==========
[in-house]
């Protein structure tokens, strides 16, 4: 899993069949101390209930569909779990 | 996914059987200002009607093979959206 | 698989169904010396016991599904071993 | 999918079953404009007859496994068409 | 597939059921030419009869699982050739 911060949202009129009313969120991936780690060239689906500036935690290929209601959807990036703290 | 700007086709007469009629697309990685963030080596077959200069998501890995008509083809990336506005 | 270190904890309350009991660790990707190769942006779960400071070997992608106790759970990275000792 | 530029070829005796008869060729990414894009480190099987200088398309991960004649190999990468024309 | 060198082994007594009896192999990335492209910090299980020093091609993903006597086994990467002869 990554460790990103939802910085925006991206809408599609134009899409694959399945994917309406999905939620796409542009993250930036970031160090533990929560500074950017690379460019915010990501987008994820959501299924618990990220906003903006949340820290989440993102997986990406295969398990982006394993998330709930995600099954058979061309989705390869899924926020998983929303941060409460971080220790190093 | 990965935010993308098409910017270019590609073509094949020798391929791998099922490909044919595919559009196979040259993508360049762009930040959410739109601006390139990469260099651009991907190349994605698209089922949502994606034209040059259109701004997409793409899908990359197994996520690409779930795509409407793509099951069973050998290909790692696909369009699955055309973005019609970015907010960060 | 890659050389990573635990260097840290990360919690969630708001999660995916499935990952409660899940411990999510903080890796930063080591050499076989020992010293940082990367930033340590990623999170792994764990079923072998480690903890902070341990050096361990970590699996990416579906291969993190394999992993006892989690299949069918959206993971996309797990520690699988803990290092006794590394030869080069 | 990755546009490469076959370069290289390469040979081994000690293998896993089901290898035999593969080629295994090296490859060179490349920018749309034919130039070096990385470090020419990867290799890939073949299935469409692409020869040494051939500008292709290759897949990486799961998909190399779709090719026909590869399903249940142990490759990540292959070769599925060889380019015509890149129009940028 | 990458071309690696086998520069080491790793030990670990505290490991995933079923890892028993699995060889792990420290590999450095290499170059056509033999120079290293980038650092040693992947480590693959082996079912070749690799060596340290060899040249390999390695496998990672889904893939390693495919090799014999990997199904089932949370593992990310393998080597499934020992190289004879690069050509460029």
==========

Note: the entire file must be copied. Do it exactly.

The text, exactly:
[in-house]
């Protein structure tokens, strides 16, 4: 899993069949101390209930569909779990 | 996914059987200002009607093979959206 | 698989169904010396016991599904071993 | 999918079953404009007859496994068409 | 597939059921030419009869699982050739 911060949202009129009313969120991936780690060239689906500036935690290929209601959807990036703290 | 700007086709007469009629697309990685963030080596077959200069998501890995008509083809990336506005 | 270190904890309350009991660790990707190769942006779960400071070997992608106790759970990275000792 | 530029070829005796008869060729990414894009480190099987200088398309991960004649190999990468024309 | 060198082994007594009896192999990335492209910090299980020093091609993903006597086994990467002869 990554460790990103939802910085925006991206809408599609134009899409694959399945994917309406999905939620796409542009993250930036970031160090533990929560500074950017690379460019915010990501987008994820959501299924618990990220906003903006949340820290989440993102997986990406295969398990982006394993998330709930995600099954058979061309989705390869899924926020998983929303941060409460971080220790190093 | 990965935010993308098409910017270019590609073509094949020798391929791998099922490909044919595919559009196979040259993508360049762009930040959410739109601006390139990469260099651009991907190349994605698209089922949502994606034209040059259109701004997409793409899908990359197994996520690409779930795509409407793509099951069973050998290909790692696909369009699955055309973005019609970015907010960060 | 890659050389990573635990260097840290990360919690969630708001999660995916499935990952409660899940411990999510903080890796930063080591050499076989020992010293940082990367930033340590990623999170792994764990079923072998480690903890902070341990050096361990970590699996990416579906291969993190394999992993006892989690299949069918959206993971996309797990520690699988803990290092006794590394030869080069 | 990755546009490469076959370069290289390469040979081994000690293998896993089901290898035999593969080629295994090296490859060179490349920018749309034919130039070096990385470090020419990867290799890939073949299935469409692409020869040494051939500008292709290759897949990486799961998909190399779709090719026909590869399903249940142990490759990540292959070769599925060889380019015509890149129009940028 | 990458071309690696086998520069080491790793030990670990505290490991995933079923890892028993699995060889792990420290590999450095290499170059056509033999120079290293980038650092040693992947480590693959082996079912070749690799060596340290060899040249390999390695496998990672889904893939390693495919090799014999990997199904089932949370593992990310393998080597499934020992190289004879690069050509460029």